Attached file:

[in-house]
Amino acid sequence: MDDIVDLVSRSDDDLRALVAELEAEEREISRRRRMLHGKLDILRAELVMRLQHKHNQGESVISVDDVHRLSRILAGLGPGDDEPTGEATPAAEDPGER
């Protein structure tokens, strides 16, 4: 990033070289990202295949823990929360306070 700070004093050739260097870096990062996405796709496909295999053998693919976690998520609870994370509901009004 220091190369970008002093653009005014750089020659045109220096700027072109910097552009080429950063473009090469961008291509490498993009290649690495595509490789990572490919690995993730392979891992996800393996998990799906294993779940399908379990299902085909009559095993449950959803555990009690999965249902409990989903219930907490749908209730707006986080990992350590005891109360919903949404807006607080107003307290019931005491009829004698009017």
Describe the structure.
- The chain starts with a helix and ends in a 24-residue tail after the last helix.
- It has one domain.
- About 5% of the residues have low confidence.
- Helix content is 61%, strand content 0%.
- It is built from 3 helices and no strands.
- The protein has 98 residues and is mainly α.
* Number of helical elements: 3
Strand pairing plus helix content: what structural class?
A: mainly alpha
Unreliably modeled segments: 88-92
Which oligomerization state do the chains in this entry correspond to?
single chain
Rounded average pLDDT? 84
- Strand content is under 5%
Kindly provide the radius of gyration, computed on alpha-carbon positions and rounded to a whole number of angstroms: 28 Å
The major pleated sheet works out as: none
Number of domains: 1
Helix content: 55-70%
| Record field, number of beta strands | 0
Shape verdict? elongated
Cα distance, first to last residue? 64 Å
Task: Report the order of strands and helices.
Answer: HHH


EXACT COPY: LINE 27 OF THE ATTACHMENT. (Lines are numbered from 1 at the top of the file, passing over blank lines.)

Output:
Answer: HHH